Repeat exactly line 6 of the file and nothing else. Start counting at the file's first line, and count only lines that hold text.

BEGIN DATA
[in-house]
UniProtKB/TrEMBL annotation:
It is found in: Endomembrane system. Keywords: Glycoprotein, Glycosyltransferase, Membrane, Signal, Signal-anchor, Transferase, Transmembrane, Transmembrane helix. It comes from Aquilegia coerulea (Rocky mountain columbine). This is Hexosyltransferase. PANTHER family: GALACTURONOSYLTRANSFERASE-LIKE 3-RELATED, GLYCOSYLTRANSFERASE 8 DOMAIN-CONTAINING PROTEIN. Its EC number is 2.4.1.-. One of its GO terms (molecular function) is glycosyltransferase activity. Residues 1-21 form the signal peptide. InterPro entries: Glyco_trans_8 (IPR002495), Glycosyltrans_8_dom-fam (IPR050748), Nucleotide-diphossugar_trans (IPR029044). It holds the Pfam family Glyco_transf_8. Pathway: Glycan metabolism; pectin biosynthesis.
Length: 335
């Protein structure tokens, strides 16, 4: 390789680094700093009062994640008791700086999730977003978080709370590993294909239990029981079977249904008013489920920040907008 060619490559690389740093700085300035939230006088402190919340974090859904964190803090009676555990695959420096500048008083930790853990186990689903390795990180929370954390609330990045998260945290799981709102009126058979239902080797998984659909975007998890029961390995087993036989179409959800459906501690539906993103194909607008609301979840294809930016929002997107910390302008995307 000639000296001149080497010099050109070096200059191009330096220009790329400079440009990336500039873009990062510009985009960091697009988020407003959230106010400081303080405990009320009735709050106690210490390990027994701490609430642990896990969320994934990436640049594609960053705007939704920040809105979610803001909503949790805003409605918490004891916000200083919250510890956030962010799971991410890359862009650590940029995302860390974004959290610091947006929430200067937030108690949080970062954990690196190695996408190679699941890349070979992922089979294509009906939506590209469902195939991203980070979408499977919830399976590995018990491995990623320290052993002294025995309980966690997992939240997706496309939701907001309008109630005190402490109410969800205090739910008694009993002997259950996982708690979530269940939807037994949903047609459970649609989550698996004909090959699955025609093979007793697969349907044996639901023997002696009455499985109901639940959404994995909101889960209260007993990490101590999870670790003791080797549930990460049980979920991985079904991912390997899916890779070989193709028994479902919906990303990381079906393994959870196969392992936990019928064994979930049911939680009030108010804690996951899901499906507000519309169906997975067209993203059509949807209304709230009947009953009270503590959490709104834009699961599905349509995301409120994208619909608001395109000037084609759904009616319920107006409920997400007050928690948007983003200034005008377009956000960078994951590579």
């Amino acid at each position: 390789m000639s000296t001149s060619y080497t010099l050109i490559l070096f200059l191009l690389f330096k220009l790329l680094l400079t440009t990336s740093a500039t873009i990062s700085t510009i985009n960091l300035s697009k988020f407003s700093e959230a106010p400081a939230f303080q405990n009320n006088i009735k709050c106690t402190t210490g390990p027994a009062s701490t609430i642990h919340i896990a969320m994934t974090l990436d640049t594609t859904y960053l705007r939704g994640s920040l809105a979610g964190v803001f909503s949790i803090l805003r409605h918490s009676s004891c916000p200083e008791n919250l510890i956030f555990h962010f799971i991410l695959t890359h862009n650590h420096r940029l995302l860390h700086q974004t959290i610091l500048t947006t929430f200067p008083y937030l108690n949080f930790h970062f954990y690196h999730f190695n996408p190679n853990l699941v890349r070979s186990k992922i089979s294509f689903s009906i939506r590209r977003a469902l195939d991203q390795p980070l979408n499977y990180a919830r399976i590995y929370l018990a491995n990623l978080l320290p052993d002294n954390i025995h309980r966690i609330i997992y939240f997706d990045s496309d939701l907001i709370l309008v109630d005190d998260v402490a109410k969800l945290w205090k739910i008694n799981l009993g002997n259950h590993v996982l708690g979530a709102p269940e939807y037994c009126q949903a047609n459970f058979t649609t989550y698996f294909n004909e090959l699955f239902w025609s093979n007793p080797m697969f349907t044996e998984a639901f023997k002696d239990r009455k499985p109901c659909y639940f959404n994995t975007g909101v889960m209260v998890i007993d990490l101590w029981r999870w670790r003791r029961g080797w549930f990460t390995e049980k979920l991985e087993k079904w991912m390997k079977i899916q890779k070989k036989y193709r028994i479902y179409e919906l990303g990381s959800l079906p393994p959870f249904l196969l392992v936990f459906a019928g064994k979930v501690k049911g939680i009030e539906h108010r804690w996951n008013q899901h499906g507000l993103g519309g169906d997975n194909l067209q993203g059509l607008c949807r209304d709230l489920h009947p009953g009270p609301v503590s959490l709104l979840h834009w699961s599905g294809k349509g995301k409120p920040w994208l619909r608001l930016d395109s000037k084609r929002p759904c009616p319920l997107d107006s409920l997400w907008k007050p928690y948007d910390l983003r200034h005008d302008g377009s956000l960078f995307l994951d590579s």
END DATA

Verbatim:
């Amino acid at each position: 390789m000639s000296t001149s060619y080497t010099l050109i490559l070096f200059l191009l690389f330096k220009l790329l680094l400079t440009t990336s740093a500039t873009i990062s700085t510009i985009n960091l300035s697009k988020f407003s700093e959230a106010p400081a939230f303080q405990n009320n006088i009735k709050c106690t402190t210490g390990p027994a009062s701490t609430i642990h919340i896990a969320m994934t974090l990436d640049t594609t859904y960053l705007r939704g994640s920040l809105a979610g964190v803001f909503s949790i803090l805003r409605h918490s009676s004891c916000p200083e008791n919250l510890i956030f555990h962010f799971i991410l695959t890359h862009n650590h420096r940029l995302l860390h700086q974004t959290i610091l500048t947006t929430f200067p008083y937030l108690n949080f930790h970062f954990y690196h999730f190695n996408p190679n853990l699941v890349r070979s186990k992922i089979s294509f689903s009906i939506r590209r977003a469902l195939d991203q390795p980070l979408n499977y990180a919830r399976i590995y929370l018990a491995n990623l978080l320290p052993d002294n954390i025995h309980r966690i609330i997992y939240f997706d990045s496309d939701l907001i709370l309008v109630d005190d998260v402490a109410k969800l945290w205090k739910i008694n799981l009993g002997n259950h590993v996982l708690g979530a709102p269940e939807y037994c009126q949903a047609n459970f058979t649609t989550y698996f294909n004909e090959l699955f239902w025609s093979n007793p080797m697969f349907t044996e998984a639901f023997k002696d239990r009455k499985p109901c659909y639940f959404n994995t975007g909101v889960m209260v998890i007993d990490l101590w029981r999870w670790r003791r029961g080797w549930f990460t390995e049980k979920l991985e087993k079904w991912m390997k079977i899916q890779k070989k036989y193709r028994i479902y179409e919906l990303g990381s959800l079906p393994p959870f249904l196969l392992v936990f459906a019928g064994k979930v501690k049911g939680i009030e539906h108010r804690w996951n008013q899901h499906g507000l993103g519309g169906d997975n194909l067209q993203g059509l607008c949807r209304d709230l489920h009947p009953g009270p609301v503590s959490l709104l979840h834009w699961s599905g294809k349509g995301k409120p920040w994208l619909r608001l930016d395109s000037k084609r929002p759904c009616p319920l997107d107006s409920l997400w907008k007050p928690y948007d910390l983003r200034h005008d302008g377009s956000l960078f995307l994951d590579s």